Porto, a hub for trains in north Portugal and has three train stations. You can buy tickets for any train originating at any station at the central São Bento station. Be sure to see the azulejo tile murals while you're there.

An IC train from Lisbon takes approximately 3 1/2 hours, a regional train an hour more.

Driving Map

We highly recommend a detailed and recent map of Portugal if you're driving (not including Spain, as that makes the map less detailed overall). The influx of EU money has created a seemingly unending boom in road construction and re-routing.

Porto Weather and Climate

Almond, apple, pear, cherry, orange, and fig blossoms are particularly striking in February. Summer is pleasant, with maritime winds moderating the climate. Porto has mild weather with little possibility of rain in the summer season, although more rain falls there than in Lisbon during the winter months.

Portuguese Cuisine

Porto is a great place to sample Portuguese cuisine, from the famous, gut-busting "Francesinha" sandwich (ham, cheese sausage, roast beef...) to the Michelin-starred restaurant at The Yeatman overseen by chef Ricardo Costa, who puts his own spin on traditional Portuguese dishes.

If you're near Porto's iconic market, enjoy some old-world elegance at the Majestic Cafe. Another place to enjoy an inexpensive snack or lunch near the market is Pasteis de Chaves, where the flaky pastry treats originating in the northern border town of Chaves are stuffed with veal, vegetables or even chocolate.

We enjoyed the "tasting world" of Foz Velha. Chef Marco Gomes wowed us with small plates of exquisite food, never veering too far from tradition despite the food being entirely modern, fresh, and exciting to view and to eat.

If you are in Porto Vinum around the end of November through the beginning of December, the restaurant of Graham’s Port Lodge, hosts "Jornadas do Boi de Trás-os Montes."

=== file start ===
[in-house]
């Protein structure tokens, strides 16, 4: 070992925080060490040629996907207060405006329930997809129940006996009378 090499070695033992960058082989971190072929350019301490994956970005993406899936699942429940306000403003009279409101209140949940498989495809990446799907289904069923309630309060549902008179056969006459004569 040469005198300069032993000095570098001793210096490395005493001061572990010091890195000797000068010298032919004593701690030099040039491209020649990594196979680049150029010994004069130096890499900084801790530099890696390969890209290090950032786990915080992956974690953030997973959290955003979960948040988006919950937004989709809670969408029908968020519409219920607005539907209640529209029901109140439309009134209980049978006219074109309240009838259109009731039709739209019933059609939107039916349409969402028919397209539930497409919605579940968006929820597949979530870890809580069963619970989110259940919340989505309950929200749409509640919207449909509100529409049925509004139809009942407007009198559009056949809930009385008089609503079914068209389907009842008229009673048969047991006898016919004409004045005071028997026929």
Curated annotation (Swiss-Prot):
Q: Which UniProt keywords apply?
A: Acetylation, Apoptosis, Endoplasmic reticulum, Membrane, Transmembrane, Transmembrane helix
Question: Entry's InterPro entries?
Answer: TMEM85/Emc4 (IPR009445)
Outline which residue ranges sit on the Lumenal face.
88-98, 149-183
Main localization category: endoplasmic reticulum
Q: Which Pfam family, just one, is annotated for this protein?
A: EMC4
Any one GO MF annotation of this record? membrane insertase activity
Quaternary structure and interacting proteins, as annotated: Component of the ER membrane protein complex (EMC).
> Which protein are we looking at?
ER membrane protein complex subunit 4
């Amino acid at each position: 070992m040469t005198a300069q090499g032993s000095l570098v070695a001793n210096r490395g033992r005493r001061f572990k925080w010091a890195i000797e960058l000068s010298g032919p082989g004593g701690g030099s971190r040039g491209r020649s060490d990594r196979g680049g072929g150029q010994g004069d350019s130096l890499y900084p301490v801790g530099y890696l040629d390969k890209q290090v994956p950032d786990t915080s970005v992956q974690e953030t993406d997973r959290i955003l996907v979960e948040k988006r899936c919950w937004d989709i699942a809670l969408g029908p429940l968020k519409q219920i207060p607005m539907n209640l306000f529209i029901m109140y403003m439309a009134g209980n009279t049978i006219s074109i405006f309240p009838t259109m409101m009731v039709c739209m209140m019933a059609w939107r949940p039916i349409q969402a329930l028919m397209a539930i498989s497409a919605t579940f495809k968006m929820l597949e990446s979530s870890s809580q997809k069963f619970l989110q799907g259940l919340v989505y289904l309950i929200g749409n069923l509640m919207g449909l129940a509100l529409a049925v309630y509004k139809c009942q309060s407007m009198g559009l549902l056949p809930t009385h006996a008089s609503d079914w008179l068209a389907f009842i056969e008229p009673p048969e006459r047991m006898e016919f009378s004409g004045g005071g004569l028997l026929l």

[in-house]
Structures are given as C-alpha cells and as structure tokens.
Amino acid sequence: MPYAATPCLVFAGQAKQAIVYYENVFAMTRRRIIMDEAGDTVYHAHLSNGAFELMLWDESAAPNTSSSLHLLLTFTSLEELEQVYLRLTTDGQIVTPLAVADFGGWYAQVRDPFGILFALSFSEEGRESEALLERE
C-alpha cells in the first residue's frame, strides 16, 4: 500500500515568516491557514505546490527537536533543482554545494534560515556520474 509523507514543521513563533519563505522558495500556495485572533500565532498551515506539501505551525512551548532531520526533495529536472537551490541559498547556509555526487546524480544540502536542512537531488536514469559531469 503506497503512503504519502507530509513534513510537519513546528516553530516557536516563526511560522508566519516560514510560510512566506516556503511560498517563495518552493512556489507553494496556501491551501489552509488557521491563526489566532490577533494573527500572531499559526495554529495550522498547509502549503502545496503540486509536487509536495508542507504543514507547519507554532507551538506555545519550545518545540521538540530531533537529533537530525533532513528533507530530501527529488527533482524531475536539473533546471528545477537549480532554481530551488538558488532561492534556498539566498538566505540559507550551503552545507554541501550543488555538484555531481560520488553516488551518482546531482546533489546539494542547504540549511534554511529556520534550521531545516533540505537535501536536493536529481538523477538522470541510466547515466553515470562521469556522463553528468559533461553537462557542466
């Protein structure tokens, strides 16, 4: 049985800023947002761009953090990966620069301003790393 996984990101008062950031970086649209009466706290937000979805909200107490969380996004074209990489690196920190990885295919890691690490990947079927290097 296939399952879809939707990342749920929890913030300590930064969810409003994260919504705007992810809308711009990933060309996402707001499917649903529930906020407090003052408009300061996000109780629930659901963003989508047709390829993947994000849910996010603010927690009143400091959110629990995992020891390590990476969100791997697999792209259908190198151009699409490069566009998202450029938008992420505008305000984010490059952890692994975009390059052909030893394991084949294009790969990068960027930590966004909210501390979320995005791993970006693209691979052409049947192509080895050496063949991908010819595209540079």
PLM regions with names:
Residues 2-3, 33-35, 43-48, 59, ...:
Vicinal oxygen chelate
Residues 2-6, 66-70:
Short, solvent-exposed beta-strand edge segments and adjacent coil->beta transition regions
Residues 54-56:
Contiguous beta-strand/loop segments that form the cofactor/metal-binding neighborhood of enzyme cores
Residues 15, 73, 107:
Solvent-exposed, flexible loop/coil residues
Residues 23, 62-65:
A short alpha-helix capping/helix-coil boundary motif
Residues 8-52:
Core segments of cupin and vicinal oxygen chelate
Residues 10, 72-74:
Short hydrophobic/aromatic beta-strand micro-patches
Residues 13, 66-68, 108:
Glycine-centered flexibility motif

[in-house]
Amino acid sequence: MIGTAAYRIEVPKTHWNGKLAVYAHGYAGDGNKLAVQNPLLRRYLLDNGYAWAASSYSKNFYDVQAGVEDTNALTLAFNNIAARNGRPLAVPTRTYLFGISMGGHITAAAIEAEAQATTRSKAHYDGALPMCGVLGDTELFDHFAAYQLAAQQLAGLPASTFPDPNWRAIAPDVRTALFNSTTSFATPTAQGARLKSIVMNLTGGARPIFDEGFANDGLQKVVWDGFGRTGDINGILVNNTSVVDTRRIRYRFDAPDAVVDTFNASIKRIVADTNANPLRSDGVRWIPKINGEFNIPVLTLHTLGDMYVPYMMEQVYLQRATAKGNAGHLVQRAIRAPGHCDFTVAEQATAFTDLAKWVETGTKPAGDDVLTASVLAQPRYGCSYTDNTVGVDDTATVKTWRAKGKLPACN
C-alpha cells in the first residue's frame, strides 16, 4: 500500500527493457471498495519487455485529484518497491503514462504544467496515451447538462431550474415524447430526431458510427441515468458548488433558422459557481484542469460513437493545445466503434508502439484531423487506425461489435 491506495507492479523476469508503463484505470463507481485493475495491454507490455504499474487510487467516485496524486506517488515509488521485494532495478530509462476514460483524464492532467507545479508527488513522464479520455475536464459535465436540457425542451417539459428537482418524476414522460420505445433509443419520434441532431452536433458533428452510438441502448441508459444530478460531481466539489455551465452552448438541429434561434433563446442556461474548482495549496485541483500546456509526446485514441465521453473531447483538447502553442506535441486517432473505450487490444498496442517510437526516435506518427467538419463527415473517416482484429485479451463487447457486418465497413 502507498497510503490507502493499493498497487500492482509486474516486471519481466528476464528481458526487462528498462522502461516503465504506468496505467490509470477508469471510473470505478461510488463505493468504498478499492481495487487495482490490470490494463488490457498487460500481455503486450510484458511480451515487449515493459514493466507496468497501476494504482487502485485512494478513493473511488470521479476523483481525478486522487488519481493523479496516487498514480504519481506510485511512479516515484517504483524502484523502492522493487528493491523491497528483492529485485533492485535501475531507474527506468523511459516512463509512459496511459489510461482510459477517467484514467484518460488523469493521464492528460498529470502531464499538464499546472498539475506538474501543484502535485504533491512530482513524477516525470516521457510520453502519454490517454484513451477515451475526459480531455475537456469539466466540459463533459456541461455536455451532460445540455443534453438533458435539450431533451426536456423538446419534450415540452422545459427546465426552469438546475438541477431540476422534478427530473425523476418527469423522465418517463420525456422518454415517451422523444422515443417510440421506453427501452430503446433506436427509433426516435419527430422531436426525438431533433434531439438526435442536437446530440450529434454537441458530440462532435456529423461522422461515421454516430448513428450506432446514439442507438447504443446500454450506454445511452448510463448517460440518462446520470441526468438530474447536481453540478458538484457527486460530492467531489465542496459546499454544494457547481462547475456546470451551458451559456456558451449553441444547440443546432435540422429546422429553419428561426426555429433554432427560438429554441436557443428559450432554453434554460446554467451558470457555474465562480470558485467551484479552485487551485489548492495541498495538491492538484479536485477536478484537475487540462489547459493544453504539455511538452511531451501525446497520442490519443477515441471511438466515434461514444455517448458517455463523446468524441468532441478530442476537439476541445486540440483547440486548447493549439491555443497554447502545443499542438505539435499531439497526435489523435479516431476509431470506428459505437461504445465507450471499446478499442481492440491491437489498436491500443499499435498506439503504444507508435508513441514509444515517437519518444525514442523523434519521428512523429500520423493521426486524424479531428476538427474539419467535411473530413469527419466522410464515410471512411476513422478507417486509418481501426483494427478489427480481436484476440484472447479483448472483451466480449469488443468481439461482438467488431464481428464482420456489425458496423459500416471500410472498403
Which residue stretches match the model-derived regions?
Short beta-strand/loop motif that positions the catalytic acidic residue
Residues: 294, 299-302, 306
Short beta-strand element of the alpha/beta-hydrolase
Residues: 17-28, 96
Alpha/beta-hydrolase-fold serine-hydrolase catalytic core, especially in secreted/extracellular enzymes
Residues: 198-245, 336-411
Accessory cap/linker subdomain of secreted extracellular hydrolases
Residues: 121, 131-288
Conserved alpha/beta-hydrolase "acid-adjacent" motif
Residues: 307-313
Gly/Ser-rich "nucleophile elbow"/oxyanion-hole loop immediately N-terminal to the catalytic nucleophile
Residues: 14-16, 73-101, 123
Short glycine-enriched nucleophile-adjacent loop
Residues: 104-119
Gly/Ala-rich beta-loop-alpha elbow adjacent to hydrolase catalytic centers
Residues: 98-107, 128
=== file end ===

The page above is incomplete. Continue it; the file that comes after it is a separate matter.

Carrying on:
And finally, Porto offers the casual diner some great food experiences. Anita's Feast provides some of her favorites,  the best tascas and tabernas in Porto, Portugal.

Where to Stay in Porto

The top-rated Sheraton Porto Hotel & Spa - Porto is highly praised by Venere users for service and spacious rooms.

Less expensive is the centrally located Eurostars Das Artes, "close to the most important art galleries and the Boavista commercial and historic area. It is within walking distance of Ponte Dom Luis, Torre dos Clerigos, Mercado do Bolhao and the traditional Ribeira area, a World Heritage Site by UNESCO."

A decent budget choice is the Hotel Pensão Cristal - Porto near the river.

A hotel in downtown Porto, the InterContinental Porto - Palacio das Cardosas Hotel is recommended by our honeymoons guide.

Staying Nearby in Nova de Gaia

Staying in Vila Nova de Gaia is an option, although not an altogether satisfying one. While you'll be closer to the port houses, they're mostly below the level of the main town, and hiking there for dinner can put quite a strain on your legs. There are some large, full-service hotels there where you can stay quite cheaply.

A great place to eat in Vila Nova de Gaia is Restaurante Barao Fladga, found at the Taylor Port works. There you'll find great food, wine, and view for a reasonable price with a good wine.